But here's the clincher on how much trouble this nomination is in: While the blogs are anonymous, this site's conservative political operators broke ranks and launched their site with the fanfare of a press release, reports The press release points to a site where conservative backers "promise to track this," a growing list of organizations, individuals and media who have either directly called for the withdrawal of Harriet Miers' nomination or expressed deep concern over her nomination." Among those listed as "deeply concerned" are the following senators: Senator Rick Santorum, Sam Brownback, Trent Lott, George Allen, Lindsey Graham, Jeff Sessions, Tom Coburn, David Vitter and John Ensign. I count nine senators there. That's a magical number -- there are currently 55 Republicans in the Senate and 44 Democrats. All it takes is a simple majority to confirm -- or deny -- a candidate.

And there's one last little thing niggling at me about the site. The site's producers made sure Ms. Miers was not alone in the photograph they used--instead she's standing by her boss. Who is standing by her.

What does that mean? We'll have to wait to find out.

October 24, 2005 | Permalink | TrackBack

When a justice's opinion is supremely important

Thanks to Mike Cernovich and Orin Kerr, I have read and now recommend professor Ward Farnsworth's article "Signatures of Ideology: The Case of the Supreme Court's Criminal Docket." After studying non-unanimous decisions by the high court over the past 50 years, Farnsworth wrote the following paragraph:

"[E]very case provokes competition between a Justice's preferences on the one hand and the legal materials on the other. When the legal materials are very strong, they can produce unanimity despite conflicting preferences. But when the legal materials aren't so strong -- when they don't point to a clear answer, and leave room for discretionary judgment -- the competition is won by the Justice’s underlying preferences and views of the world."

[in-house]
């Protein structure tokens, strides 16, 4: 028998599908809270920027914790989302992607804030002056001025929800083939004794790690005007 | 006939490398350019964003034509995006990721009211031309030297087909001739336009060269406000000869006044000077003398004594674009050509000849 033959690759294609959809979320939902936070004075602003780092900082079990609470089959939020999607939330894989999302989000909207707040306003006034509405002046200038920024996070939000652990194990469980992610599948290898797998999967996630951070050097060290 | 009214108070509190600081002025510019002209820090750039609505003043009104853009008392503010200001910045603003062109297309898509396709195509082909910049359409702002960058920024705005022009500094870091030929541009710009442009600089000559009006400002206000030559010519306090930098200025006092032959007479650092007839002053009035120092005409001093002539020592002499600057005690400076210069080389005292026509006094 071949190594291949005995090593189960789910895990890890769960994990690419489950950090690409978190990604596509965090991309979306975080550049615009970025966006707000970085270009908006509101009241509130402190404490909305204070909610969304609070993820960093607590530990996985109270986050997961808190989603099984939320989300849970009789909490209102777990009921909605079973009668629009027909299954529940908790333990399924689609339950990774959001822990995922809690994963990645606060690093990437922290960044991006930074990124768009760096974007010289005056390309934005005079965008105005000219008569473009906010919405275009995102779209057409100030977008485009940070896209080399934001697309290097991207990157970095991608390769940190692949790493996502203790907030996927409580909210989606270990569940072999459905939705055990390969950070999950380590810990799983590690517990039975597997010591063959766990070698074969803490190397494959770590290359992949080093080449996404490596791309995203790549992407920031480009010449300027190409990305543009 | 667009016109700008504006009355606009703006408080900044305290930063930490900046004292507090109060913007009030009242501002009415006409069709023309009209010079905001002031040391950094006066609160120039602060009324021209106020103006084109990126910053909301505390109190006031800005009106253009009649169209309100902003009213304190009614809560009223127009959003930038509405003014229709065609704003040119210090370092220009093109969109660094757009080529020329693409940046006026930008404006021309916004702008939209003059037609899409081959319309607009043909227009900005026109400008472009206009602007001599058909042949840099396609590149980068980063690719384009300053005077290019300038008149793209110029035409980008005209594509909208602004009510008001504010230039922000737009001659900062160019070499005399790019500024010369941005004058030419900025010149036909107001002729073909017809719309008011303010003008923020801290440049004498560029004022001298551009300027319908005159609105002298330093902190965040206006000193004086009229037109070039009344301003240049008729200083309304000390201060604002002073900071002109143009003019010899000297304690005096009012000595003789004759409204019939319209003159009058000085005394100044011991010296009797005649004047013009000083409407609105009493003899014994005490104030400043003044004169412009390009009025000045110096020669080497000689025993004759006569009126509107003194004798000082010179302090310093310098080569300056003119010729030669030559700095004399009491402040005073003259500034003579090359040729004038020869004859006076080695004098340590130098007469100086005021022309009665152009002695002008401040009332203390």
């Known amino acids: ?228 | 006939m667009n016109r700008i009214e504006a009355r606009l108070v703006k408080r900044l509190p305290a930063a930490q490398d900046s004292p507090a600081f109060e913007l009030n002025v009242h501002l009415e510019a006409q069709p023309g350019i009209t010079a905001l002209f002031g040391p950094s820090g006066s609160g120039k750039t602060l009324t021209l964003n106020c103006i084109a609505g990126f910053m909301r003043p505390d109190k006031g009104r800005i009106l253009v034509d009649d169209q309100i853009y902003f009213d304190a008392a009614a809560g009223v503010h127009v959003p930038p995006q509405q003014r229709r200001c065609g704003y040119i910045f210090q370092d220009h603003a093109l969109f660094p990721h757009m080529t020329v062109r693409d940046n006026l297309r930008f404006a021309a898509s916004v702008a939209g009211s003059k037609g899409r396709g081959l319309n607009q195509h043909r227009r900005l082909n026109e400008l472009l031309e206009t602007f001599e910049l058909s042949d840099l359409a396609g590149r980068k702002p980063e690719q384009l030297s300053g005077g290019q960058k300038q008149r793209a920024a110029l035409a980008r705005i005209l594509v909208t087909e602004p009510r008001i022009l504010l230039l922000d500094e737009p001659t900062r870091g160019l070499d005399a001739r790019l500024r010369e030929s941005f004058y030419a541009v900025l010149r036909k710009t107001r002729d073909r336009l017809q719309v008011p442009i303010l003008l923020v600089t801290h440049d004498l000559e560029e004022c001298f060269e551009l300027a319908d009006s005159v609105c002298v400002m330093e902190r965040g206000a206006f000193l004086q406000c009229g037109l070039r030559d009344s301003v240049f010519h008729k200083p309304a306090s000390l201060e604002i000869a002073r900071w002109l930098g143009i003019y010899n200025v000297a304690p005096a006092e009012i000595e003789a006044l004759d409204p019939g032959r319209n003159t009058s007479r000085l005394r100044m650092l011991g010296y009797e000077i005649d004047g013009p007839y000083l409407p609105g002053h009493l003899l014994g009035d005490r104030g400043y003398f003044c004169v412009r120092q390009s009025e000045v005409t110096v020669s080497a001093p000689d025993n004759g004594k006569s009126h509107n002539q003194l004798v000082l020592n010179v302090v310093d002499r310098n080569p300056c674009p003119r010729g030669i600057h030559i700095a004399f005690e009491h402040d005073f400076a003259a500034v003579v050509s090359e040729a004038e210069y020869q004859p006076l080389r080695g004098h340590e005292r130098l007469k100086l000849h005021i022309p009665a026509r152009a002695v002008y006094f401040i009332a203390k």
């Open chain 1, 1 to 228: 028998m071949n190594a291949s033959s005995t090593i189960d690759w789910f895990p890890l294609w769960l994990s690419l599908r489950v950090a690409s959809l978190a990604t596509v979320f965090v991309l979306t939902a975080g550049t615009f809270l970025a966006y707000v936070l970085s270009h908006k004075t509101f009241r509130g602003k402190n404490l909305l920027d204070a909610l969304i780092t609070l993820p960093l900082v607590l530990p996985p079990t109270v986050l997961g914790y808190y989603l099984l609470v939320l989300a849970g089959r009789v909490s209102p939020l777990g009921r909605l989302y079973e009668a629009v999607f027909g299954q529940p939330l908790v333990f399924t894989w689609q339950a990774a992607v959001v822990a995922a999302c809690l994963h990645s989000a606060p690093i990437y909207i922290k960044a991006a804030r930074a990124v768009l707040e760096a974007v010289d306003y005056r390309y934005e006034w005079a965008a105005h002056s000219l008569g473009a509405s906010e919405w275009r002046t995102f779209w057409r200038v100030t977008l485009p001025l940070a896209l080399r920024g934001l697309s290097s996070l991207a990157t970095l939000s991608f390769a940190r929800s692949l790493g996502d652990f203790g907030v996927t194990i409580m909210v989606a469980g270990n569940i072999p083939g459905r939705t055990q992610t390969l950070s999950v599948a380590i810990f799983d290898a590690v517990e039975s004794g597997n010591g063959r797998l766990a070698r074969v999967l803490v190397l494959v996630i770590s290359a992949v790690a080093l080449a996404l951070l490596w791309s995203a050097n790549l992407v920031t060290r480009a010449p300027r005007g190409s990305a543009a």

I agree with Cernovich -- it's worth your while to read the whole thing. 

October 24, 2005 | Permalink | TrackBack

Polls open: The world's best blogs are...?

You tell me:  Here's your ballot.

As I wrote on Surfette this morning, the online polls are now open in the annual BOBs -- Best of the Blogs competition. I'm on the jury that had the unenviable task of narrowing this list of 2,500+ blogs nominated to this short list of 100-plus.  So you tell me: Of these blogs, which are the world's ...

  • Best blog overall?
  • Best podcast?
  • Best multimedia blog?
  • Best journalistic blog in each of these languages: Arabic, Chinese, English, French, German, Persian, Portuguese, Spanish and Russian?
  • Blog that deserves a special award for their free speech efforts?

Vote here by Nov. 20. Thanks.

October 24, 2005 | Permalink | TrackBack

What's in a mug shot?

Two mug shots. Make that two mug shots of famous guys with brilliant connections and plenty of money. Why, then, is Actor Hugh Grant's mug shot so infamously different from Sen. Tom DeLay's? Don't miss Devon Carbado's take on the issue, over at Blackprof: "What's in a mug shot?"

October 24, 2005 | Permalink | TrackBack

London-bound? Bring your own Wi-Fi

Bruce MacEwen is enjoying his visit across the pond, even though he had to bring his own Wifi. Joy London, however, offers proof that one might be able to leave knowledge management -- and the marketing thereof -- to the locals.

October 24, 2005 | Permalink | TrackBack

October 23, 2005

Blawg Review #29: A two-fer

Why write only Blawg Review #29, when you can also host the two-year anniversary of the Carnival of the Capitalists? That's exactly what elusive "Ed." or Editor of Blawg Review did today. (S)he writes:

"Hosting Carnival of the Capitalists #107 and Blawg Review #29 together on the same weblog this week, we hope to introduce our law blog followers to the always informative and often entertaining CotC, and to introduce business blog readers to a good selection of blawgs, recommended reading for everyone interested in business, economics, law, and money quotes.

"Okay, just show me the money quotes without the blaw blaw blaw ..."